This page may contain affiliate links. If you purchase something through one of the links, we may receive a commission at no extra charge to you. Still, we would include only products we actually trust and believe will be helpful for you.
Like all parents, you want your child to succeed at school.
What you may struggle with is figuring out the best way to achieve that goal.
Of course, optimal nutrition, physical exercise, and plenty of sleep are crucial ingredients in setting the stage for academic excellence. But there’s a whole more to it, too.
The good news is: Creating an environment at home for top scholastic achievement is totally within your control. Assisting your youngster to self-regulate in a conducive home environment is key. Here’s how.
Teach the Value of Delayed Gratification
Are you familiar with Mischel’s Marshmallow Experiment?
He presented 4-6 year-olds, when alone in a room, with a choice: Eat the marshmallow now, or wait a little while and you’ll get two.
The results were surprising.
Some kids ate the marshmallow immediately. Others waited a little, then chowed down.
But a full third of them actually waited. Then they got another marshmallow to enjoy.
Here’s a short video of the experiment:
Researchers noted that the youngsters who held off used different strategies to resist the ultimate temptation. They turned away. Some covered their eyes. Others hummed to distract themselves.
As a parent, you may already see how you can implement this ingenious method of teaching self-control in your home. (Note to self: Try it with a favorite food or toy.) Maybe you already use it.
For instance, have you ever asked your child not to open a gift or delivery package until they have completed their homework first? Or, to wait until they had finished a meal before indulging in a tantalizing cake on the table? Both times, you’re delaying gratification — and teaching patience while you’re at it.
After conducting the marshmallow experiment, Mischel tracked the kids over 40 years. He found that those who waited for the second treat were more successful in many areas of life such as:
- Higher standardized test scores
- Better health status
- Handling stress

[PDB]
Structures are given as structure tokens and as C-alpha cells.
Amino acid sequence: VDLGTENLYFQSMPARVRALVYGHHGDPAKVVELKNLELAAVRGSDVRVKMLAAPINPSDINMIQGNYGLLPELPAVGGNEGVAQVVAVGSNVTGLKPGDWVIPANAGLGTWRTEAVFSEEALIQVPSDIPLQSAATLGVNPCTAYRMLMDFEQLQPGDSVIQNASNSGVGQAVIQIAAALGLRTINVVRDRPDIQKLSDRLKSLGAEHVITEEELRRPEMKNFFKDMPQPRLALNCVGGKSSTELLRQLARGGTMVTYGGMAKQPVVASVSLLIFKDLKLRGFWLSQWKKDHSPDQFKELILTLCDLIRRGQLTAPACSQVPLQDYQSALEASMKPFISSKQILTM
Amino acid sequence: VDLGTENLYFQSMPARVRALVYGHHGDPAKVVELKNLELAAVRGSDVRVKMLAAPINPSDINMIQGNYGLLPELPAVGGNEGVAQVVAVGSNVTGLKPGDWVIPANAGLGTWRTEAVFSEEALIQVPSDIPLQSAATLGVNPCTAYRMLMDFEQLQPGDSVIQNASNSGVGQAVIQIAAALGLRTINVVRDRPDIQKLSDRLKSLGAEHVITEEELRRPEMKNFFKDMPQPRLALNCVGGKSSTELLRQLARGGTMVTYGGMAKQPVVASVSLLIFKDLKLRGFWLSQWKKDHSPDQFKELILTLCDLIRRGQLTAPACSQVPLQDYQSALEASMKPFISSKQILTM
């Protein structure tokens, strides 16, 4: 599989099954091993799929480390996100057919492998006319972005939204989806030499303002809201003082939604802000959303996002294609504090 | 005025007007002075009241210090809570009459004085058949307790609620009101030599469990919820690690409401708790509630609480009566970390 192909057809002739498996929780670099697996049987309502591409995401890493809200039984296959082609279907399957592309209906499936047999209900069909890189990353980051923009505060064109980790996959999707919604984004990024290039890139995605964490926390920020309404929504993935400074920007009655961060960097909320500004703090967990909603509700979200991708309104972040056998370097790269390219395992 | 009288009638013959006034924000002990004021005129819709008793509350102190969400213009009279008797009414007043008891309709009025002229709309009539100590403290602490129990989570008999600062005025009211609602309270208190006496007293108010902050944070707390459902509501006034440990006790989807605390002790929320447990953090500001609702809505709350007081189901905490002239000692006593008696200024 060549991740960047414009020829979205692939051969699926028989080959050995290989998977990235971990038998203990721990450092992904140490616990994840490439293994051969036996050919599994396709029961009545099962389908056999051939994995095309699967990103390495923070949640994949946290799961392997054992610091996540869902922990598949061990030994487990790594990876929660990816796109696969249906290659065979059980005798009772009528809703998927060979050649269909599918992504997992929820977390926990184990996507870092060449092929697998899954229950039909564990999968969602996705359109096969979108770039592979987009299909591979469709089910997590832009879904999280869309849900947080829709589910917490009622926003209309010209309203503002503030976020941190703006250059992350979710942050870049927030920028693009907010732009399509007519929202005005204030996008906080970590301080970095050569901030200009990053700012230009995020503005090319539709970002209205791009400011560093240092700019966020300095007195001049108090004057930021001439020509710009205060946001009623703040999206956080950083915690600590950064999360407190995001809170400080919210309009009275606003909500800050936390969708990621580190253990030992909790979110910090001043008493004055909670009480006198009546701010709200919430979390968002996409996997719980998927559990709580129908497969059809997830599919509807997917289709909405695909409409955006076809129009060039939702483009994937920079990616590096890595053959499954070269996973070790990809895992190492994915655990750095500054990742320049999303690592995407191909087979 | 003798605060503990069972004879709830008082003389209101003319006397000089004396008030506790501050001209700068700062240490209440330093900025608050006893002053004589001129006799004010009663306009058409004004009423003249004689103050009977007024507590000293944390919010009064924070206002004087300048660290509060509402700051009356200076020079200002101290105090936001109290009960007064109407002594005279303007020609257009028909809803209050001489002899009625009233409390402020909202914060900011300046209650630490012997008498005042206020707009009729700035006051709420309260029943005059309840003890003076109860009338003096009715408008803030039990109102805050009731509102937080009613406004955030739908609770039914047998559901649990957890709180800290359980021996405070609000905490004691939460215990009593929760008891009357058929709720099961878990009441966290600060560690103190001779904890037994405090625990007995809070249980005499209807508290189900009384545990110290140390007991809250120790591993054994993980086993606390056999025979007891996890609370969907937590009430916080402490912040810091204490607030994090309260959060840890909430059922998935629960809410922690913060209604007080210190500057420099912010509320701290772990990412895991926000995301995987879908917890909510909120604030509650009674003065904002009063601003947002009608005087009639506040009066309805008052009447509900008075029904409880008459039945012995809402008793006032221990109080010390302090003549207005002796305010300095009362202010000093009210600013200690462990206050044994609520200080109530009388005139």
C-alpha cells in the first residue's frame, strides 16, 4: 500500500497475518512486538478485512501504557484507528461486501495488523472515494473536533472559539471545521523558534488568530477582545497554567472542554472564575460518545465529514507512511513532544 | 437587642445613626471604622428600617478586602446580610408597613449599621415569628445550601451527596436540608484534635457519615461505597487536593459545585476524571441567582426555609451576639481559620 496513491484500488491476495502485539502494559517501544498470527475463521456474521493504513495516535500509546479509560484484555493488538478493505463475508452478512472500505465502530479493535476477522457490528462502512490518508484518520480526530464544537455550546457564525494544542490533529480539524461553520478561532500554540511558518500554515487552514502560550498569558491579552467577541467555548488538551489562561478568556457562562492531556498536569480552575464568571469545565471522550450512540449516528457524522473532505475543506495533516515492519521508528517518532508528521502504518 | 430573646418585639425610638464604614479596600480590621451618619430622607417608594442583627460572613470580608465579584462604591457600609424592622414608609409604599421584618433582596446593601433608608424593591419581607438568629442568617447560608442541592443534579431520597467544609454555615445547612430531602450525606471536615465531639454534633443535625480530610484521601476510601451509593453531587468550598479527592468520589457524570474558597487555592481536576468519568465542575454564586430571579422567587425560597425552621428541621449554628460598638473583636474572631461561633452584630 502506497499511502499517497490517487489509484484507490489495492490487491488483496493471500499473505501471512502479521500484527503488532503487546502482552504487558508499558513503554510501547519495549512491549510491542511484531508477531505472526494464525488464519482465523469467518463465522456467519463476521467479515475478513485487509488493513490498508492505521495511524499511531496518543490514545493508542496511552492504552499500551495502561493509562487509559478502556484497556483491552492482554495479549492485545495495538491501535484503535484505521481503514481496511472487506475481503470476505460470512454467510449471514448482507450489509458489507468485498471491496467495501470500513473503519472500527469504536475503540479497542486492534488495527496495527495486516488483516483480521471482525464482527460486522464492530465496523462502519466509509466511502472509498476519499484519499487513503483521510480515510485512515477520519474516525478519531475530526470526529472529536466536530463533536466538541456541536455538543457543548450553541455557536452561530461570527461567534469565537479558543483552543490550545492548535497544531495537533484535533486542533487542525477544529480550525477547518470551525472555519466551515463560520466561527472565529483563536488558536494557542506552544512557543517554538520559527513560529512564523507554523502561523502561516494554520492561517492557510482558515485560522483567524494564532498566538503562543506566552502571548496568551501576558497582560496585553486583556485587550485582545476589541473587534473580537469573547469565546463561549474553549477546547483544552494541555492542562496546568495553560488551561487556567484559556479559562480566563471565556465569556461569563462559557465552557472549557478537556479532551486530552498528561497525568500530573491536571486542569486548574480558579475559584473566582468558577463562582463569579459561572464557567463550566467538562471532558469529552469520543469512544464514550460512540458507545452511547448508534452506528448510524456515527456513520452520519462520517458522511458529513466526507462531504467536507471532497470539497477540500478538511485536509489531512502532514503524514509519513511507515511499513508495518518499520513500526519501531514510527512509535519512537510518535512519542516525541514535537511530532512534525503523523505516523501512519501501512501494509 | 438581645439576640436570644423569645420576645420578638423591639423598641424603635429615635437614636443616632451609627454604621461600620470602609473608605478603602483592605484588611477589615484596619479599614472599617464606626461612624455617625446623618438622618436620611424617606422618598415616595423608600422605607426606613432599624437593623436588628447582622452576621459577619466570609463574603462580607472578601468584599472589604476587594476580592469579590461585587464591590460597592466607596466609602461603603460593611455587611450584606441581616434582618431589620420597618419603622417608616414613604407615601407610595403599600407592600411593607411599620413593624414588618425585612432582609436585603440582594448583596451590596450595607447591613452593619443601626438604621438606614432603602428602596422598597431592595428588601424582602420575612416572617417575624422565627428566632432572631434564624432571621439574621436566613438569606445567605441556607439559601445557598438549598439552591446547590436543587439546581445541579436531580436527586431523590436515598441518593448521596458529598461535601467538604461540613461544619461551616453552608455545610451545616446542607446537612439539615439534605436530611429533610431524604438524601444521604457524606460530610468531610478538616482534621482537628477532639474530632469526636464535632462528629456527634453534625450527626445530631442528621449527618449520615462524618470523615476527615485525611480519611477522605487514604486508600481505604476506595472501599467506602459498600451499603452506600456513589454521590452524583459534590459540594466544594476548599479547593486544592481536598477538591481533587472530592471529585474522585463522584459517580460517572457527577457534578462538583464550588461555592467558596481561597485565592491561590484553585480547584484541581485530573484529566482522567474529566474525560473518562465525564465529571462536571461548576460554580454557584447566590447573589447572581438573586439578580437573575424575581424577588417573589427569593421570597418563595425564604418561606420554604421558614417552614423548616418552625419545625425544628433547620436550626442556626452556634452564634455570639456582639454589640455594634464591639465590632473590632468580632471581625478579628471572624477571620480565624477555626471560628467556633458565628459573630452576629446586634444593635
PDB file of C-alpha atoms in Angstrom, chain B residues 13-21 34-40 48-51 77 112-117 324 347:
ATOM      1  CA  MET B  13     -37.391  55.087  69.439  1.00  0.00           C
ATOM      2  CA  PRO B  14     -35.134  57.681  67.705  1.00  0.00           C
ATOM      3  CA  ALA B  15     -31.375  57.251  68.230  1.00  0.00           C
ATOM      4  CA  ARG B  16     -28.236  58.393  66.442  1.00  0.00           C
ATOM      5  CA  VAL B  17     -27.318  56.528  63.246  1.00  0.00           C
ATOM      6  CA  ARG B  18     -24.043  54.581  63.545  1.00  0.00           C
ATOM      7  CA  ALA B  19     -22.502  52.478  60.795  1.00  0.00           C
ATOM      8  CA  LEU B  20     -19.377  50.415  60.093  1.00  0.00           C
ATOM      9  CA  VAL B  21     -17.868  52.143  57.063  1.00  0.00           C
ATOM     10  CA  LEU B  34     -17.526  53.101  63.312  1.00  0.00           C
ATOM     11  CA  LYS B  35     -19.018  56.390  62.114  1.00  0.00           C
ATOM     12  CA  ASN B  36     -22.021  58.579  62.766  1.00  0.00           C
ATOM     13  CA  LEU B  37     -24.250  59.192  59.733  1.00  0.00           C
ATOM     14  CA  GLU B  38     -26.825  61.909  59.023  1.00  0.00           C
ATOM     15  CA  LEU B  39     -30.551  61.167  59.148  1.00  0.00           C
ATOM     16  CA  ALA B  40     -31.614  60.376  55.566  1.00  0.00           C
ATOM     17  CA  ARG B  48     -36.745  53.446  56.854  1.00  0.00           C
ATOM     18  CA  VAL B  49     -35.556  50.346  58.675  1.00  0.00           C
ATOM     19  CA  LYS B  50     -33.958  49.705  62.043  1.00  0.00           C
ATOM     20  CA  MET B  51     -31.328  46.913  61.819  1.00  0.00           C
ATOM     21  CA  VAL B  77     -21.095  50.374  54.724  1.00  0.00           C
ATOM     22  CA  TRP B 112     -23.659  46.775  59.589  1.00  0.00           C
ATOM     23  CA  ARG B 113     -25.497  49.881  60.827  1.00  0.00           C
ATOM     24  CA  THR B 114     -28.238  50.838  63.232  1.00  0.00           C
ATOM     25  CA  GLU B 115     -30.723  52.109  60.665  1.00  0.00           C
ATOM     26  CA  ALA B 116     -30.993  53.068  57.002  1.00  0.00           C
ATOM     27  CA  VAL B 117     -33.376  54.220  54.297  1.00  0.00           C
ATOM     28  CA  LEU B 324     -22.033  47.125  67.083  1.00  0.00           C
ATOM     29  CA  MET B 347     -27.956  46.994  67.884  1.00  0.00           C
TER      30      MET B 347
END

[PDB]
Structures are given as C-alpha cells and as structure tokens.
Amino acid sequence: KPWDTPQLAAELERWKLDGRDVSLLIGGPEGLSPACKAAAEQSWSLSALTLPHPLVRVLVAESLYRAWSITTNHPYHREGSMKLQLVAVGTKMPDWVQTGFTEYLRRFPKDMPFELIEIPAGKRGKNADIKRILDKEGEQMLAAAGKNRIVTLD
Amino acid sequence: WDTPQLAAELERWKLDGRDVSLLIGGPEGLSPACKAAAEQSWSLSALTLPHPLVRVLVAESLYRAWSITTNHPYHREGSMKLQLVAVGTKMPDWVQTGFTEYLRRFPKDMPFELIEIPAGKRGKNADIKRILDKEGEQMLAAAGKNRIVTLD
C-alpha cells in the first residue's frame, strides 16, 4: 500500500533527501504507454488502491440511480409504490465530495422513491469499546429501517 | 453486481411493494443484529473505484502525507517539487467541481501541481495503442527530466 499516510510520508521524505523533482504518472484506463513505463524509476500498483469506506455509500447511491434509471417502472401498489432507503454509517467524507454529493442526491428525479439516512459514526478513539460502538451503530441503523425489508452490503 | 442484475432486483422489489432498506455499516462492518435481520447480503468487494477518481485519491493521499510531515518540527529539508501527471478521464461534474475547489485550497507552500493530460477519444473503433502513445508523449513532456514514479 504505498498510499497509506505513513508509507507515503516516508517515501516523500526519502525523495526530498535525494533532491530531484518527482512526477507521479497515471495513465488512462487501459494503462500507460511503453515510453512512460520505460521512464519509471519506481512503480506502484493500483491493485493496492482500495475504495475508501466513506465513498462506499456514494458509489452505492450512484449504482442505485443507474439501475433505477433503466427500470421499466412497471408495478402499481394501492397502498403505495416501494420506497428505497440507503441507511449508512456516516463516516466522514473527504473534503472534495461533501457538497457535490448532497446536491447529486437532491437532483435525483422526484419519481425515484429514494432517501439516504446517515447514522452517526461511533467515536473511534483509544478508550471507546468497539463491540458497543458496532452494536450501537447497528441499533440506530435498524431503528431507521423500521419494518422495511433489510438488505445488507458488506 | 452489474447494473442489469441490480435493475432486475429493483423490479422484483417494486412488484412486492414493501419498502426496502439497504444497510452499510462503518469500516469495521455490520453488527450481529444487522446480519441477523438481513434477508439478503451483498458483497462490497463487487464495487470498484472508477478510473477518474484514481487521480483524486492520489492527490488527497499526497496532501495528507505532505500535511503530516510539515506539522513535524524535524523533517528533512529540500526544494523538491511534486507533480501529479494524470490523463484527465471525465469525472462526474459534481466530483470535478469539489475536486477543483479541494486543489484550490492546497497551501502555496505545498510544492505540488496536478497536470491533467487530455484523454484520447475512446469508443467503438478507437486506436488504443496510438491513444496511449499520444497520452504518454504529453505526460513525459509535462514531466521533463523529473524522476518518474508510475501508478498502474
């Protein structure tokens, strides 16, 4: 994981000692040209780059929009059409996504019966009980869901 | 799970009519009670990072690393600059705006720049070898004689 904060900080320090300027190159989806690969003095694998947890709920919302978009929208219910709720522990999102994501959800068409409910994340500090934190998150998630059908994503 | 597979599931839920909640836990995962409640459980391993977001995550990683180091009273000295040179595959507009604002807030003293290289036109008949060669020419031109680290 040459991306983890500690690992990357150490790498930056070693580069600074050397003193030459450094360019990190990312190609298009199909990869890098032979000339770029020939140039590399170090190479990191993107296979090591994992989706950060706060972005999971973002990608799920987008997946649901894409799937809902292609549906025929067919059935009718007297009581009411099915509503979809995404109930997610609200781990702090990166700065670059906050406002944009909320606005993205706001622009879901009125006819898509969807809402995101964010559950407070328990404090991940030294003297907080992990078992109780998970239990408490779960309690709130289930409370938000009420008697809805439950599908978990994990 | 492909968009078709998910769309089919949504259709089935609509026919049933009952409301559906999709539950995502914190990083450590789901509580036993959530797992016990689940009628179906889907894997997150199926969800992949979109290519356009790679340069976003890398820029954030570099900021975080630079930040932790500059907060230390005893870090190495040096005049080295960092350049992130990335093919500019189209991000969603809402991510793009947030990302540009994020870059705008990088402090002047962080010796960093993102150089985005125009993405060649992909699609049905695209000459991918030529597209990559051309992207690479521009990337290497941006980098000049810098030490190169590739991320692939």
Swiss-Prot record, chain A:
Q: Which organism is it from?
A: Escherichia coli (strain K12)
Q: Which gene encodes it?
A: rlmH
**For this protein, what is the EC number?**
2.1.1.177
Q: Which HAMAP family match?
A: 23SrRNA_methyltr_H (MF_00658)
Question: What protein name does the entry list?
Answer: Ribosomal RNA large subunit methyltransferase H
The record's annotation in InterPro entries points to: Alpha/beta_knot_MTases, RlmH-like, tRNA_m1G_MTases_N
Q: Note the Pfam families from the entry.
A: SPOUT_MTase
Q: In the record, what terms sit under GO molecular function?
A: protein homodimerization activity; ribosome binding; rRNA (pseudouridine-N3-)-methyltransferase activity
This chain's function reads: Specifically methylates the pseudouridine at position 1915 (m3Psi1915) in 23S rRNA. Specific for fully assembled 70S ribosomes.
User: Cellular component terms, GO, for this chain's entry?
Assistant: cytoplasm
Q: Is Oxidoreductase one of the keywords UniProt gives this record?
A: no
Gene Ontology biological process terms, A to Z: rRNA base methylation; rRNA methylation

- Fewer substance abuse issues
- Greater social skills
And all it took were two marshmallows and a little patience.
By the way, Mischel actually published a great book that explains in details how delayed gratification teaches self control including plenty of practical information.
Celebrate the Joys of Imperfection
The prevalence of standardized tests and pressure to earn high scores and straight As on report cards is becoming the cradle of a mental health crisis in people of all ages. Some of the dangers of perfectionism include depression, anxiety, or eating disorders.
To prevent this from happening now or later in life, convey the idea to your kid that mistakes and failures aren’t bad. For him/her, they’re signs of learning and growing.
Being unafraid of making mistakes encourages kids to keep trying and not give up.
Here are a few things you can do to keep the motivation high in your young child when the grades or test scores are on the low-end:
- Point out progress from previous work.
- Emphasize what was good about the assignment or test.
- Praise the effort to do well. (Not the child)
- Suggest areas to focus on next.
You may wish to consult with teachers on specifics before talking with your child. An email or short phone conversation may be what’s needed.
Promise your kid that you have their back! Follow through and be there to offer support and encouragement when they start the next assignment.
Create a Growth Mindset in the Child
Dr. Carol Dweck developed the notion of growth mindset in her research on student motivation and achievement. She discovered that when children truly believe that their efforts and hard work determine their academic success, they do better in school.
So, how can you get your kid to adopt a growth mindset?
Start with fostering internal motivation to learn – not external rewards like money or toys. No place for instilling a fear of punishment if they don’t perform well at school, either.
For your youngster to internalize an “I can do this!” mentality of growth mindset, try these techniques at home as family activities:
- Explore new subjects together. Take a tangent on something they’re studying. For instance, if the topic is transportation, take a bus or train trip somewhere new. Research and plan out the itinerary together. Then write about it.
- Offer academic challenges as fun activities to do at home. Find a subject that they’re interested in. Maybe it’s dinosaurs or unicorns. Create art featuring it, like dioramas, paintings, poems, stories, or videos. Try something they haven’t done before.
- Raise their reading, writing and math abilities to the next level. Select more difficult books from the library on their favorite topic. Encourage them to enter a writing contest. Use cooking or home improvement projects as a way to develop their math skills.
They may not even realize they’re actually learning how to learn — and loving it!
Model Gentle Self-Talk
Despite giving it all they’ve got, sometimes your child will fail.
Failure is a blow to self-esteem. Unabated, it can lead to self-hate. Then the downward spiral into serious mental illness.
Mastering how to accept failure, learn from it, and move on is critical to your child’s academic performance and to their future success in life.
Here are some ways to promote compassionate self-talk that will facilitate your kid’s acceptance of failure: